THE grim impact of the coronavirus pandemic looks only too clear from figures for Europe’s death toll during the outbreak, the continent registering 140,000 more deaths than usual in March and April.
From analysing data from 21 countries, European Union statistical office Eurostat found “the number of deaths due to Covid-19 rose rapidly in some Member States at the beginning of March 2020,” adding, “in some parts of Europe, the difference compared to previous years was exceptionally high.
“On average, among the 21 countries for which data are available, there were about 140,000 more deaths during weeks 10-17 (March – April) in 2020 than the average number of deaths during the same period over the four years 2016 to 2019.”
Eurostat said “the peak of additional deaths” compared to the weekly average came in the week from March 30 to April 5.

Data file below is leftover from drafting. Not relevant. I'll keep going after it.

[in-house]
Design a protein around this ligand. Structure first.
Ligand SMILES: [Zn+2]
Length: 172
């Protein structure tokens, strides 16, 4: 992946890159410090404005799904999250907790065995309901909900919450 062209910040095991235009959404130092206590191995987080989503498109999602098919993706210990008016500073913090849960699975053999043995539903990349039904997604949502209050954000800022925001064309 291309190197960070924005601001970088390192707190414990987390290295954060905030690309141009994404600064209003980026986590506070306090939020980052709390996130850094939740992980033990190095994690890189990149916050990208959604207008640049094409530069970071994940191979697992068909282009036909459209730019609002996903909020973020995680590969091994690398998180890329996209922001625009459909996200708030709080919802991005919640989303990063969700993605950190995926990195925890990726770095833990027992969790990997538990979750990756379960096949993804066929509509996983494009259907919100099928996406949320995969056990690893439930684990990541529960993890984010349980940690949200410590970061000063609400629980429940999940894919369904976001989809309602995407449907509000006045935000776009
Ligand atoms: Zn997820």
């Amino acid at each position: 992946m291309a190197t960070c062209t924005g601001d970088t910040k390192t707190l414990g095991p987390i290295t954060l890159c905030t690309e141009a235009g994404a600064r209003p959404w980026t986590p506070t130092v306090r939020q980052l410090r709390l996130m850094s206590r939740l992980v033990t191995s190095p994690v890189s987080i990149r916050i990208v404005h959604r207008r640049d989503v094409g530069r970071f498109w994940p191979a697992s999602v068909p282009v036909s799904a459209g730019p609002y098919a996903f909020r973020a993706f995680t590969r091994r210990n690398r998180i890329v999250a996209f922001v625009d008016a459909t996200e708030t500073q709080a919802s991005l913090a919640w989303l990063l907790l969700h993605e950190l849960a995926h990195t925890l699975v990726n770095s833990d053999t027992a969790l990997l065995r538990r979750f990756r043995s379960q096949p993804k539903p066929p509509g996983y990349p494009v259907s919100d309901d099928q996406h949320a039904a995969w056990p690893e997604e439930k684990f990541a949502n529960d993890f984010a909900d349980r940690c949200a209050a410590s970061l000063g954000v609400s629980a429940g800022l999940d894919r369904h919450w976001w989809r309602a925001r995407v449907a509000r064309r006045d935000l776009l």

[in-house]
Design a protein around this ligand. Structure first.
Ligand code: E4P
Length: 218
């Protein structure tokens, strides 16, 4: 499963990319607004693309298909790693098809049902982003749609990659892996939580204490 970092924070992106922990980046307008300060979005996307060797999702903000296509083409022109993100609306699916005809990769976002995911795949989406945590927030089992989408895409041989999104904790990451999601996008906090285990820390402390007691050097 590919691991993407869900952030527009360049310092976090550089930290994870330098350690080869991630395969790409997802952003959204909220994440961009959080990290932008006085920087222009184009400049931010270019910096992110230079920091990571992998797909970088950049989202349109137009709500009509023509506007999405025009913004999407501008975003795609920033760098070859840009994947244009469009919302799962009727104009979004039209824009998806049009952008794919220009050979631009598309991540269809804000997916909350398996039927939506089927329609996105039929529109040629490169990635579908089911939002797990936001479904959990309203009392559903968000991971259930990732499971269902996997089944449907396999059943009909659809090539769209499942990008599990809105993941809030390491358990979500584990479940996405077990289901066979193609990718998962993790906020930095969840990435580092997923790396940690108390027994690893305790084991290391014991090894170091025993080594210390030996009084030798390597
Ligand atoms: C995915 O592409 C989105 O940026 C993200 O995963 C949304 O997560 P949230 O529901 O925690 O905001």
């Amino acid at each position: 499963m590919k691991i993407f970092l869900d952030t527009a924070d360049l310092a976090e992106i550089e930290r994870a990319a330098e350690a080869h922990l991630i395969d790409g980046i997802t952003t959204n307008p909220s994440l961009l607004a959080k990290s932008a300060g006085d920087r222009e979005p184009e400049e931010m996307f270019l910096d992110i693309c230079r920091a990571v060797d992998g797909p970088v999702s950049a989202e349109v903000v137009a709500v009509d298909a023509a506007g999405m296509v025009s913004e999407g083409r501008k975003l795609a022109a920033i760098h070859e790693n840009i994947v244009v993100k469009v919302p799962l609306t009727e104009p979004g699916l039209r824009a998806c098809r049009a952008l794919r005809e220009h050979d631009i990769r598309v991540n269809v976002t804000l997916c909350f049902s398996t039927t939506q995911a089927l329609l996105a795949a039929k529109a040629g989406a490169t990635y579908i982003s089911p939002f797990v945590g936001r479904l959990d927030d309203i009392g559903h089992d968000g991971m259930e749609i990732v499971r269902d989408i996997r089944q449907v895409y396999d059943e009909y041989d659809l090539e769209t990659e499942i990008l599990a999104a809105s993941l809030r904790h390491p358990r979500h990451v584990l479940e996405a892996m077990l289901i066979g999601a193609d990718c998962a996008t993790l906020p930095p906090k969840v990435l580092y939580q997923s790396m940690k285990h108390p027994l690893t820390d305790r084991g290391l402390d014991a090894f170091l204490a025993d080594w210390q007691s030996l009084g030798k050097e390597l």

The countries with available figures were Belgium, Bulgaria, the Czech Republic, Denmark, Germany, Estonia, Spain, France, Italy, Lithuania, Luxembourg, Hungary, Austria, Portugal, Slovakia, Finland, Sweden, Iceland, Liechtenstein, Norway and Switzerland.
The analysis revealed the increases in mortality affected men more than women from looking at the 20 with available data (Germany was the exception).
Eurostat also noted that there was a “significant increase in mortality for those aged 70 and over,” and that “additional deaths were more substantial for men, at round 40 per cent more, than for women (around 30 per cent more).”